The first accurate 3D map of galaxy unveiled
Published : Tuesday, 5 February, 2019 at 4:35 PM Count : 559
Astronomers have uncovered the true twisted nature of our galaxy, the Milky Way.
Until now, the galaxy was generally thought to be a flat spiral consisting of an estimated 250 billion stars.
The sun and its planets, including the Earth, occupy an insignificant spot in one of the minor spiral arms, daily Mail reports.
But a new study has shown that in reality the Milky Way is warped.
It becomes increasingly twisted the further away stars are from the galactic centre.
The warping is thought to be caused by torque from the spinning galaxy's densely packed inner disc of stars.
Professor Richard de Grijs, one of the astronomers from Macquarie University in Sydney, Australia, said: 'We usually think of spiral galaxies as being quite flat, like Andromeda, which you can easily see through a telescope.'
The scientists updated a 3D map of the Milky Way using 1,339 large pulsating stars, each up to 100,000 times brighter than the sun.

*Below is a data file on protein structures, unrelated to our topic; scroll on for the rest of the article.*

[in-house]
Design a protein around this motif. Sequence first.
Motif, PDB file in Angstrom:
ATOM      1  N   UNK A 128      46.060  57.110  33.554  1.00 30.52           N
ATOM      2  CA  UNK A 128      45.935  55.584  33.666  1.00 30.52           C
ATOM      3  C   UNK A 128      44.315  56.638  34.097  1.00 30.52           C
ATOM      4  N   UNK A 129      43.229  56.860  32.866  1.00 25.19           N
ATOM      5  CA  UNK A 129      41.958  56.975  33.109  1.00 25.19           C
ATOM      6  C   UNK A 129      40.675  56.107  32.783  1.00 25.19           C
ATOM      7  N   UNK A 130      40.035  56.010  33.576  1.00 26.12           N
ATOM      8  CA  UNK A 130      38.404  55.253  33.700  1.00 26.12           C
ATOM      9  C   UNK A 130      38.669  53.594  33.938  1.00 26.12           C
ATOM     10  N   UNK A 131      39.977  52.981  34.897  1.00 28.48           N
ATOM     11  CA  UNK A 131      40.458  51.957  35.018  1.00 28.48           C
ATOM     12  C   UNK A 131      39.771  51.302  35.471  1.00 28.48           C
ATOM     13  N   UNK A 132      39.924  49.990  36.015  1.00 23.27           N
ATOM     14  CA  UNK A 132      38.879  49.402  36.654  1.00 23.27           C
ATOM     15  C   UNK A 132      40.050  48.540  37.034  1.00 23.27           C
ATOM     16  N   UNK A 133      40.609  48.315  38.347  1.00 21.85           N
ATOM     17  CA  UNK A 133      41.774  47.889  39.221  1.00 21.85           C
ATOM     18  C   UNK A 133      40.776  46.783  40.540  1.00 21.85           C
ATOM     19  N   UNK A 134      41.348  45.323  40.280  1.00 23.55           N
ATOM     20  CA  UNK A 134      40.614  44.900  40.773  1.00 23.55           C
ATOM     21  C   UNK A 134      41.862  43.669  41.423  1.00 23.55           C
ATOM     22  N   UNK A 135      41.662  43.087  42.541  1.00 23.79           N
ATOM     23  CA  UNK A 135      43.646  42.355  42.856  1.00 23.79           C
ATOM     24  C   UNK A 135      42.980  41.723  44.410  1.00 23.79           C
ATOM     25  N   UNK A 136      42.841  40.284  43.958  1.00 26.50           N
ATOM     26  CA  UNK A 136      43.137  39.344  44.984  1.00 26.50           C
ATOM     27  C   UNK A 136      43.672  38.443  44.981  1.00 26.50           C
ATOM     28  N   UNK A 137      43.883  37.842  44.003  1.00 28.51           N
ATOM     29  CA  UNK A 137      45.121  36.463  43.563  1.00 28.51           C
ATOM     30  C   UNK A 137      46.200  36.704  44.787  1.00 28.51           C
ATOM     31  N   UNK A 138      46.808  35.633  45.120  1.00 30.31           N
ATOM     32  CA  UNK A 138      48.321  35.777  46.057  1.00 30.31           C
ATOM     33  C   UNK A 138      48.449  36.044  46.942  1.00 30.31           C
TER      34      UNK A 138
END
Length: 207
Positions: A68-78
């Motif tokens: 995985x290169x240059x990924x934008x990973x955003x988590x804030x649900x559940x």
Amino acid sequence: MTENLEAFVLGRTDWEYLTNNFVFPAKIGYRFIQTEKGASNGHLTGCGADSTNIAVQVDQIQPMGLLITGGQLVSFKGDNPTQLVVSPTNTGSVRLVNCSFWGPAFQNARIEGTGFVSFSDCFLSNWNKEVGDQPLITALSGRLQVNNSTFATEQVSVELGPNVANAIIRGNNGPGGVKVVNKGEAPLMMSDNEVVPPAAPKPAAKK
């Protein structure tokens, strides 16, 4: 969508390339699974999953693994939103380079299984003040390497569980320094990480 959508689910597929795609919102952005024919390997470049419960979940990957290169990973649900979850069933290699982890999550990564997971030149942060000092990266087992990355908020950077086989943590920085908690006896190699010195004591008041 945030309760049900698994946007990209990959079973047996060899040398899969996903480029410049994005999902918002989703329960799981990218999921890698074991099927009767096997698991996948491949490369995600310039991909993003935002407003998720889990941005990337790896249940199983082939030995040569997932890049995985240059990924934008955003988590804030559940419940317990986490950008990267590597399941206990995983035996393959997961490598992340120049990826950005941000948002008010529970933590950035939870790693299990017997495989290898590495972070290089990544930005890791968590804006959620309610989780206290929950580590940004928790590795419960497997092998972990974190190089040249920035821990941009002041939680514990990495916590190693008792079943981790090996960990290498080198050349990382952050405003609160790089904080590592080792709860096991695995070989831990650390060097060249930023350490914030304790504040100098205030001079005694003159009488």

The so-called Cepheid stars are used as 'standard candles' by astronomers to estimate galaxy-wide distances.
The Milky Way's twists are rare but not unique, say the scientists, whose findings are published in the journal Nature Astronomy.
They have observed a dozen other galaxies which show similar progressively twisted spiral patterns in their outer regions.
Classical Cepheids are young stars that are some four to 20 times as massive as our Sun and up to 100,000 times as bright.
Such high stellar masses imply that they live fast and die young, burning through their nuclear fuel very quickly, sometimes in only a few million years.
They show day- to month-long pulsations, which are observed as changes in their brightness.
Combined with a Cepheid's observed brightness, its pulsation period can be used to obtain a highly reliable distance.
Prof de Grijs said: 'Somewhat to our surprise, we found in 3D our collection of 1,339 Cepheid stars and the Milky Way's gas disc follow each other closely.
'This offers new insights into the formation of our home galaxy.
'Perhaps more importantly, in the Milky Way's outer regions, we found the S-like stellar disc is warped in a progressively twisted spiral pattern.'
The map sheds fresh light on the evolution of the galaxy - and also shows the warped disc also contains young stars.